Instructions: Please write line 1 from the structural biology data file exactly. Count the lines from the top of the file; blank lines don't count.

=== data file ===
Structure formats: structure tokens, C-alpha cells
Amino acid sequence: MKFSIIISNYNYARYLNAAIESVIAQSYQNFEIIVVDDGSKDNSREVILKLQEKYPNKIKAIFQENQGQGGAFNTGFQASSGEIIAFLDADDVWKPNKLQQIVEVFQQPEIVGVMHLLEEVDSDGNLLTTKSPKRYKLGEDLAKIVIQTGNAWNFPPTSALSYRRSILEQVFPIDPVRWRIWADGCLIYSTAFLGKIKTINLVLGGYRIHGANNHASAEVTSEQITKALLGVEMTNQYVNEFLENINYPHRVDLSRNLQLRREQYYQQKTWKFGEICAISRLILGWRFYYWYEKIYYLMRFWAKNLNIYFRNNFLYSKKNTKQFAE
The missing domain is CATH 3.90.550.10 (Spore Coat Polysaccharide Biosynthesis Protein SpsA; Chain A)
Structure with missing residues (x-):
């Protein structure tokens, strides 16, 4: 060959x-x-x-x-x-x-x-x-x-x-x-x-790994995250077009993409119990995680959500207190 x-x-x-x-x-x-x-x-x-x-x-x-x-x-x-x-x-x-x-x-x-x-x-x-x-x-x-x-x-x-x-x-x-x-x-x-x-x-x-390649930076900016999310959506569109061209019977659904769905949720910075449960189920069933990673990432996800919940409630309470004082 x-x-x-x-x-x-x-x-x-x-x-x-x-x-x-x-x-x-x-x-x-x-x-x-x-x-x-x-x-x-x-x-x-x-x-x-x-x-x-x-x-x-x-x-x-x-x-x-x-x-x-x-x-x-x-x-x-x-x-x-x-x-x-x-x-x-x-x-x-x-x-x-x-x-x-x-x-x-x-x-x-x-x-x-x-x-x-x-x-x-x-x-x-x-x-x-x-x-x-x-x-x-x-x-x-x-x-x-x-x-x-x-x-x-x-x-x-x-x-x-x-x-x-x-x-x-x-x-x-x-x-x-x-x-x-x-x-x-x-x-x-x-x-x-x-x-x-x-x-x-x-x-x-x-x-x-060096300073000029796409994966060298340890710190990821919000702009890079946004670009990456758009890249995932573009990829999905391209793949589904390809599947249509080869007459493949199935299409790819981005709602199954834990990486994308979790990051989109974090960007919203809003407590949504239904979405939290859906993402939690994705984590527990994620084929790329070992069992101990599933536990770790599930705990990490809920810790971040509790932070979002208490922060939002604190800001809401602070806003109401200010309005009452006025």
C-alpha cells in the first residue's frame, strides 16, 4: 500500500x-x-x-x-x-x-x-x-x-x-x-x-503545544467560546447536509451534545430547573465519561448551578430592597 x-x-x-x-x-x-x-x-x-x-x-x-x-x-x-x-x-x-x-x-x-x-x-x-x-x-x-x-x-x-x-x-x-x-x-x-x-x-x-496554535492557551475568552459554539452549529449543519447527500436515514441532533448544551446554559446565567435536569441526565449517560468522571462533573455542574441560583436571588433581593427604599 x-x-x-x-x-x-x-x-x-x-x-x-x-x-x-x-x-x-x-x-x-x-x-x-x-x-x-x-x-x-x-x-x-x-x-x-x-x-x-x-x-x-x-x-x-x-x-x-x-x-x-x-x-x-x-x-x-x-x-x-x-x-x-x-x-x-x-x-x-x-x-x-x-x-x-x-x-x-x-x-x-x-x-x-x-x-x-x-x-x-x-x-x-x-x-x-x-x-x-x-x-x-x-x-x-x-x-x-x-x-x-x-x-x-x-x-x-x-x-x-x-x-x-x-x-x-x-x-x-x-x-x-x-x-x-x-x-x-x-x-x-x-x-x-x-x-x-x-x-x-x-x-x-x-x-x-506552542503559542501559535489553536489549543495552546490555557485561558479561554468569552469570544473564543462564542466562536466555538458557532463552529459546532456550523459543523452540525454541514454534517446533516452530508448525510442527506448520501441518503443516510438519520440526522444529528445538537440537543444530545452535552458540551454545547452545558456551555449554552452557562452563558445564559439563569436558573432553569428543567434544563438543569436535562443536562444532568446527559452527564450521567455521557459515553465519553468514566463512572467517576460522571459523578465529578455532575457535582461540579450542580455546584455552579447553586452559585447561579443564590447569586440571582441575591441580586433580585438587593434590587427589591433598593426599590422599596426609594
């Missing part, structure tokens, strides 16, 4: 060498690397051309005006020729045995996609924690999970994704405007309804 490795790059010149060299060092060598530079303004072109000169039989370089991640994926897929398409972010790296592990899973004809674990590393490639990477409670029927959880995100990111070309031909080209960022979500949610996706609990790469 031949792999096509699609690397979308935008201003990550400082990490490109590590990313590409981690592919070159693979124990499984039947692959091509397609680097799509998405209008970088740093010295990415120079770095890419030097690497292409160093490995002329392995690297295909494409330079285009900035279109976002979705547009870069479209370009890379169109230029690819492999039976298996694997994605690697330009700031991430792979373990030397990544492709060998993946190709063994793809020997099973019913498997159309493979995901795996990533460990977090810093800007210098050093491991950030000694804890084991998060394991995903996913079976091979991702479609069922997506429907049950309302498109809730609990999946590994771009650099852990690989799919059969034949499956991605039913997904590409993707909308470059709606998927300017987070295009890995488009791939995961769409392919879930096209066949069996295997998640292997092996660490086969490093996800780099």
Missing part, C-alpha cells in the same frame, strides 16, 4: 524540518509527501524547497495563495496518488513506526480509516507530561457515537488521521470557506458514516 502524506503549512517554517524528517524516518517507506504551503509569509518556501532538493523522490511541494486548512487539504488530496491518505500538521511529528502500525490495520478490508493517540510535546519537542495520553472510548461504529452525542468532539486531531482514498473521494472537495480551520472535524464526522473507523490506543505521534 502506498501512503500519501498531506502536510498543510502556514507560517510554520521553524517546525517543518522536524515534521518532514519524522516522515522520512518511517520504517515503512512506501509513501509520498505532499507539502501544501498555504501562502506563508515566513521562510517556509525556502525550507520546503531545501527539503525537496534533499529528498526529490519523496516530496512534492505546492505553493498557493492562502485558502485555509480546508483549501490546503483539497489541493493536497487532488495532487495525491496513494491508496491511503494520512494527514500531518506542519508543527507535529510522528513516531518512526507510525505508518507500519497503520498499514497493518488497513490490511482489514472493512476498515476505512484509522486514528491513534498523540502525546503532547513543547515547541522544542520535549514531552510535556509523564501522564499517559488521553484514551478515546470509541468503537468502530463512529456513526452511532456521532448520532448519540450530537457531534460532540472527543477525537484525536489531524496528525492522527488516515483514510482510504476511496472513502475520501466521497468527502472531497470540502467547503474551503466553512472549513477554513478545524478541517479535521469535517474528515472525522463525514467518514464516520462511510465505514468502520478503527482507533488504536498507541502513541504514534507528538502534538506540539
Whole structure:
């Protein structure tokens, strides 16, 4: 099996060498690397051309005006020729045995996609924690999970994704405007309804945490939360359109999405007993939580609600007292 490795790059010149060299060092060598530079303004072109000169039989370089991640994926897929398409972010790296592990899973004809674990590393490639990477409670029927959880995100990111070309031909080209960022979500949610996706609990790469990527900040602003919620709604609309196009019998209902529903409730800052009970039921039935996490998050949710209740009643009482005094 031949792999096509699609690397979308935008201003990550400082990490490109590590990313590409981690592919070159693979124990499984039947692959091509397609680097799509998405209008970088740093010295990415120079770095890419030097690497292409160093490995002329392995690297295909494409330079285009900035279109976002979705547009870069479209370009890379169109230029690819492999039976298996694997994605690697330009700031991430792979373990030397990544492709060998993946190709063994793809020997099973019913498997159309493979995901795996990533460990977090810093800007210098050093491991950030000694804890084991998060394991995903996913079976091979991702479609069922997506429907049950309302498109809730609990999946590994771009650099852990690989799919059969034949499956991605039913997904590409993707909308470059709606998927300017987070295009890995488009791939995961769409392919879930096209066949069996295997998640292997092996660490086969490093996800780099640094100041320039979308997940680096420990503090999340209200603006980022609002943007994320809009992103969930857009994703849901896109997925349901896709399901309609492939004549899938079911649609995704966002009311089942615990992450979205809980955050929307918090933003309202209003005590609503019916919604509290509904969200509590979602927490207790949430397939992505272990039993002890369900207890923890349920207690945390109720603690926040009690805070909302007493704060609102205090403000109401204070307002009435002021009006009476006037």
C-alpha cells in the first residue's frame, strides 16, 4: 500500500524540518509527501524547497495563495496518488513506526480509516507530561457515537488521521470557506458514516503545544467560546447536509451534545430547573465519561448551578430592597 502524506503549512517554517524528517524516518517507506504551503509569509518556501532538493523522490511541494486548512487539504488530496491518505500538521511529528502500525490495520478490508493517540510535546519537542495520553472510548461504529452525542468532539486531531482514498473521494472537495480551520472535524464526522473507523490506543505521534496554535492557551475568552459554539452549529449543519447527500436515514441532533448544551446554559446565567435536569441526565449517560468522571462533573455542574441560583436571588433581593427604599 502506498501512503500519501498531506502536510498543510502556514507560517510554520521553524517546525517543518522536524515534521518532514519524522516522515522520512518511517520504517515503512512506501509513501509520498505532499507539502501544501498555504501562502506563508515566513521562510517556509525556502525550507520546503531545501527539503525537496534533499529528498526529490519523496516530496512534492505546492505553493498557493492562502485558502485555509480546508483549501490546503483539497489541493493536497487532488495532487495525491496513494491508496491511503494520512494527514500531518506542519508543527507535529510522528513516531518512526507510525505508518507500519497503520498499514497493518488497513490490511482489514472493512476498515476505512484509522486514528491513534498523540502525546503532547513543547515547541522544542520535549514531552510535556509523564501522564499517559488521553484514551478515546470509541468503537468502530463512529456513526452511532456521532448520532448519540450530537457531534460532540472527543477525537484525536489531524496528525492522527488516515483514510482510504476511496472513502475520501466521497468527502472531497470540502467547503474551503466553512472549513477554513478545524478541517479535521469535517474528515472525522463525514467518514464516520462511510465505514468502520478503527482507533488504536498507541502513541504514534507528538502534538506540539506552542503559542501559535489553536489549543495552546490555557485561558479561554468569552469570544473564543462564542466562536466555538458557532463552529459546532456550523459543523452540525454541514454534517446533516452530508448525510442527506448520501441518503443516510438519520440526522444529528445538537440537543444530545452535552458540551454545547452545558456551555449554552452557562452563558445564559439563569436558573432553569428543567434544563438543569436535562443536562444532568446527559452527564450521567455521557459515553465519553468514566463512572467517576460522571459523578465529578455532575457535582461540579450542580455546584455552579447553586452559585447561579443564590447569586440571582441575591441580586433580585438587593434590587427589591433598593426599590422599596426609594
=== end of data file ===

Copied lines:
Structure formats: structure tokens, C-alpha cells